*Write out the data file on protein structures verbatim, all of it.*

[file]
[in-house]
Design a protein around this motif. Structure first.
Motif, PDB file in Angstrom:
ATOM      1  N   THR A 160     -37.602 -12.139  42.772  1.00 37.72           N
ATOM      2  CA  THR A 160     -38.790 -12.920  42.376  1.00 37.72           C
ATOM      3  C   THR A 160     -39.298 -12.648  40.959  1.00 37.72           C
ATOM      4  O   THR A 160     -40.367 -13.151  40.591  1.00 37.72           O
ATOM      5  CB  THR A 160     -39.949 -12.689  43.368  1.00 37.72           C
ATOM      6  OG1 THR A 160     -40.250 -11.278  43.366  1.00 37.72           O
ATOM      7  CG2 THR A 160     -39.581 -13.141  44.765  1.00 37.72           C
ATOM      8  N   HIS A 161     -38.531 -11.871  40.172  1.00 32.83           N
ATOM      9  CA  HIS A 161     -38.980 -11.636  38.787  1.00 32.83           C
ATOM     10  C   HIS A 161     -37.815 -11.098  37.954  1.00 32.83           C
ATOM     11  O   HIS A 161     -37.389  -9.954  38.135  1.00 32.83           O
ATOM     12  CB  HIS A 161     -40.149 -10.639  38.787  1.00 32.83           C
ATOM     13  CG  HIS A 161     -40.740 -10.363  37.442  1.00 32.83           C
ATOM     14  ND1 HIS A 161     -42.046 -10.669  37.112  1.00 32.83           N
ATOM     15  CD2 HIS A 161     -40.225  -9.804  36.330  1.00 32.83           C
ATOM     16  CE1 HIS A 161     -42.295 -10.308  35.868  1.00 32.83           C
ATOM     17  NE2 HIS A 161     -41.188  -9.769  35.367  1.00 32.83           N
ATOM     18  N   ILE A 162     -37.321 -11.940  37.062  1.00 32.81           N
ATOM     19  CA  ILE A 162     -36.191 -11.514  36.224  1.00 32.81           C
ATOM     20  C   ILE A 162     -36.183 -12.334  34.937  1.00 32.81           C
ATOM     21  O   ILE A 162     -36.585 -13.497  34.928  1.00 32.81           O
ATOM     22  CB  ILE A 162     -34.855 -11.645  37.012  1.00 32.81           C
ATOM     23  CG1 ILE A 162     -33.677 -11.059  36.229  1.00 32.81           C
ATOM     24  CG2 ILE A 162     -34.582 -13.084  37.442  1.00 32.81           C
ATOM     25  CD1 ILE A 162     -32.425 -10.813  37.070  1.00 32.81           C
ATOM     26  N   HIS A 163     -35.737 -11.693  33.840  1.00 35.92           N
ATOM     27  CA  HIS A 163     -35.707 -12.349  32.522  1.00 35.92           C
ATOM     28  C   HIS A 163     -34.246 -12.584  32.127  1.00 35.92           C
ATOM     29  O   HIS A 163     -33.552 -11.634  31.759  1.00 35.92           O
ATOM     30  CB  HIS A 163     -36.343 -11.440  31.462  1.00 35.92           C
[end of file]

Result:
[in-house]
Design a protein around this motif. Structure first.
Motif, PDB file in Angstrom:
ATOM      1  N   THR A 160     -37.602 -12.139  42.772  1.00 37.72           N
ATOM      2  CA  THR A 160     -38.790 -12.920  42.376  1.00 37.72           C
ATOM      3  C   THR A 160     -39.298 -12.648  40.959  1.00 37.72           C
ATOM      4  O   THR A 160     -40.367 -13.151  40.591  1.00 37.72           O
ATOM      5  CB  THR A 160     -39.949 -12.689  43.368  1.00 37.72           C
ATOM      6  OG1 THR A 160     -40.250 -11.278  43.366  1.00 37.72           O
ATOM      7  CG2 THR A 160     -39.581 -13.141  44.765  1.00 37.72           C
ATOM      8  N   HIS A 161     -38.531 -11.871  40.172  1.00 32.83           N
ATOM      9  CA  HIS A 161     -38.980 -11.636  38.787  1.00 32.83           C
ATOM     10  C   HIS A 161     -37.815 -11.098  37.954  1.00 32.83           C
ATOM     11  O   HIS A 161     -37.389  -9.954  38.135  1.00 32.83           O
ATOM     12  CB  HIS A 161     -40.149 -10.639  38.787  1.00 32.83           C
ATOM     13  CG  HIS A 161     -40.740 -10.363  37.442  1.00 32.83           C
ATOM     14  ND1 HIS A 161     -42.046 -10.669  37.112  1.00 32.83           N
ATOM     15  CD2 HIS A 161     -40.225  -9.804  36.330  1.00 32.83           C
ATOM     16  CE1 HIS A 161     -42.295 -10.308  35.868  1.00 32.83           C
ATOM     17  NE2 HIS A 161     -41.188  -9.769  35.367  1.00 32.83           N
ATOM     18  N   ILE A 162     -37.321 -11.940  37.062  1.00 32.81           N
ATOM     19  CA  ILE A 162     -36.191 -11.514  36.224  1.00 32.81           C
ATOM     20  C   ILE A 162     -36.183 -12.334  34.937  1.00 32.81           C
ATOM     21  O   ILE A 162     -36.585 -13.497  34.928  1.00 32.81           O
ATOM     22  CB  ILE A 162     -34.855 -11.645  37.012  1.00 32.81           C
ATOM     23  CG1 ILE A 162     -33.677 -11.059  36.229  1.00 32.81           C
ATOM     24  CG2 ILE A 162     -34.582 -13.084  37.442  1.00 32.81           C
ATOM     25  CD1 ILE A 162     -32.425 -10.813  37.070  1.00 32.81           C
ATOM     26  N   HIS A 163     -35.737 -11.693  33.840  1.00 35.92           N
ATOM     27  CA  HIS A 163     -35.707 -12.349  32.522  1.00 35.92           C
ATOM     28  C   HIS A 163     -34.246 -12.584  32.127  1.00 35.92           C
ATOM     29  O   HIS A 163     -33.552 -11.634  31.759  1.00 35.92           O
ATOM     30  CB  HIS A 163     -36.343 -11.440  31.462  1.00 35.92           C